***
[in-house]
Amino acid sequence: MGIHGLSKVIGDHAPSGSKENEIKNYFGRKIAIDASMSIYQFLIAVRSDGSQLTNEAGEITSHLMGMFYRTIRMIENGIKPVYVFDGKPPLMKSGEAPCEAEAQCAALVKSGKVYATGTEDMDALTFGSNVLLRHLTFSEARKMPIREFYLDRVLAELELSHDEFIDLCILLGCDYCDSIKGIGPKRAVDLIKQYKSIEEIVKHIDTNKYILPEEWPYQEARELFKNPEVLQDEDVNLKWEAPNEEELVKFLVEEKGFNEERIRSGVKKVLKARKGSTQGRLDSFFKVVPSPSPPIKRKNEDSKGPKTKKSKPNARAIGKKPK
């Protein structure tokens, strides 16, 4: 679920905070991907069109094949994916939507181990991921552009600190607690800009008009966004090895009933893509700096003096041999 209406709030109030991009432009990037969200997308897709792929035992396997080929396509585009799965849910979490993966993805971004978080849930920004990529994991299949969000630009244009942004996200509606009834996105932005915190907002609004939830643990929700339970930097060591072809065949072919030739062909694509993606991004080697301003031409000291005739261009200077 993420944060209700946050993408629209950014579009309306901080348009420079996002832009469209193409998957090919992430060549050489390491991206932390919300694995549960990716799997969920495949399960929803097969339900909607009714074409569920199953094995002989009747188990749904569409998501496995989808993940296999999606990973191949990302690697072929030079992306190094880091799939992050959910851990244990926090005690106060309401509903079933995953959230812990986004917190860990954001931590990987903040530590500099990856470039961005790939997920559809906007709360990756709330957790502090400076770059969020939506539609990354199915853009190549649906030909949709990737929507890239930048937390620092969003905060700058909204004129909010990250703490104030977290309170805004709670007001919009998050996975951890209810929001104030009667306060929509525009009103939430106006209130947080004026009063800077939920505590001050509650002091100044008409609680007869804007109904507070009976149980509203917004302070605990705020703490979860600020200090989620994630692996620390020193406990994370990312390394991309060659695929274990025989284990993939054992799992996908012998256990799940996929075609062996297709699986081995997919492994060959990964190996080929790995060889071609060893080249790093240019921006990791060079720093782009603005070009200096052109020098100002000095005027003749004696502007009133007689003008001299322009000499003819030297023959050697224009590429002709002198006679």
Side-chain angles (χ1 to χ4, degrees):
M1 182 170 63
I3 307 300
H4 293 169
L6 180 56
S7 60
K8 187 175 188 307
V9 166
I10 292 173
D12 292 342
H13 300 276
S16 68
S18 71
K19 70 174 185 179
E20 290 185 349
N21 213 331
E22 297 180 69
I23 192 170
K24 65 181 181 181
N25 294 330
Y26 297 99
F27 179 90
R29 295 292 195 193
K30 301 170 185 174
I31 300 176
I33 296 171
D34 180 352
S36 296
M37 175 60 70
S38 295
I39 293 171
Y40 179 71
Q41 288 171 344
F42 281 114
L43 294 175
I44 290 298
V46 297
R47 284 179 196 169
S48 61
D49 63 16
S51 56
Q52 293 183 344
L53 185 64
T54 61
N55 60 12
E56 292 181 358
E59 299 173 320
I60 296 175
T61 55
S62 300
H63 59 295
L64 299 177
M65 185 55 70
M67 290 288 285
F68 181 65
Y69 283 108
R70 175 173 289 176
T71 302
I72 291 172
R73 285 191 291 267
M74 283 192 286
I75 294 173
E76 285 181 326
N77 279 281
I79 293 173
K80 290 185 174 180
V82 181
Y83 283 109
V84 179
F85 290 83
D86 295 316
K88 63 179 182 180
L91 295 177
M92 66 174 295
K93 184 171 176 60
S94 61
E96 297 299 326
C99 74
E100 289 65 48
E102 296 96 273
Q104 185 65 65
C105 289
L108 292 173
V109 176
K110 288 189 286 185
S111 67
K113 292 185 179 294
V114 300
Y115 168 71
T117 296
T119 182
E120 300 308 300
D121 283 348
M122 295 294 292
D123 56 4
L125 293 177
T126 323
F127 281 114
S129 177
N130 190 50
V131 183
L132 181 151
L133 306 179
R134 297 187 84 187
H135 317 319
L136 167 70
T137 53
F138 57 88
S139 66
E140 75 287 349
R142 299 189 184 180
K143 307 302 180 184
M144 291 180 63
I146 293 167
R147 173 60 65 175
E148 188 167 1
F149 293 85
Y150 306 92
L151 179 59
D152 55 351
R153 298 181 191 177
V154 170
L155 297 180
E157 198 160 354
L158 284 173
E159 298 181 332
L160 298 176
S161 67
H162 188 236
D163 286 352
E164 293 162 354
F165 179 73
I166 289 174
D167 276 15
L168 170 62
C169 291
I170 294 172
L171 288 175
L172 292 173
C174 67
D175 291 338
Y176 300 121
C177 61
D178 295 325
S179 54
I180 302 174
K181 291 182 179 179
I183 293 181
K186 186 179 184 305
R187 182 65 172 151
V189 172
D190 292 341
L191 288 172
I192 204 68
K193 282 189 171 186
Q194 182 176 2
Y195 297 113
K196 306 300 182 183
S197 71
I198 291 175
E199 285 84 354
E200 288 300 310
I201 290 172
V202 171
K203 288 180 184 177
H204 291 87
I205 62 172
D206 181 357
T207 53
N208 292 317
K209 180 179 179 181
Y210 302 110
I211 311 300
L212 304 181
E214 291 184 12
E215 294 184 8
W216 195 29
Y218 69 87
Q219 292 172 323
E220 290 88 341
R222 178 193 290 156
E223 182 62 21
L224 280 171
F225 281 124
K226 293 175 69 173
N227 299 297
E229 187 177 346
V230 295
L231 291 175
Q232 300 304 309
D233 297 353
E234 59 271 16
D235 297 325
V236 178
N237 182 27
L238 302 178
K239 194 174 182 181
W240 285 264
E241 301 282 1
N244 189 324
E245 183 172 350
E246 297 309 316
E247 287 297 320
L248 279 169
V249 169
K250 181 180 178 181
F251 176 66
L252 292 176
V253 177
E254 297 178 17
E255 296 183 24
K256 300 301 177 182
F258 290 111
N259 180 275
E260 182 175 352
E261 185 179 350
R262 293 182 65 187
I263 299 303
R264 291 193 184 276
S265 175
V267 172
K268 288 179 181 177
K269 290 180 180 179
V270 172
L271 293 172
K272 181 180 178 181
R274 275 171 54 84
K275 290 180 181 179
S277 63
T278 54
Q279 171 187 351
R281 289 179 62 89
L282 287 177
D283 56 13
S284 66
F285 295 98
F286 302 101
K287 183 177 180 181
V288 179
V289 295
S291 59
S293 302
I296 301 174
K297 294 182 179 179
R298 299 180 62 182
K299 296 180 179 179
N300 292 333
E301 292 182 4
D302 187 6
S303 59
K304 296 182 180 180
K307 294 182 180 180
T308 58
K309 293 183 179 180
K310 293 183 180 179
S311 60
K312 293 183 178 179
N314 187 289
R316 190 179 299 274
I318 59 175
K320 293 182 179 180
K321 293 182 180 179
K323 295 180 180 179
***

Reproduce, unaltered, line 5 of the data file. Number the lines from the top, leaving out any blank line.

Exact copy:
M1 182 170 63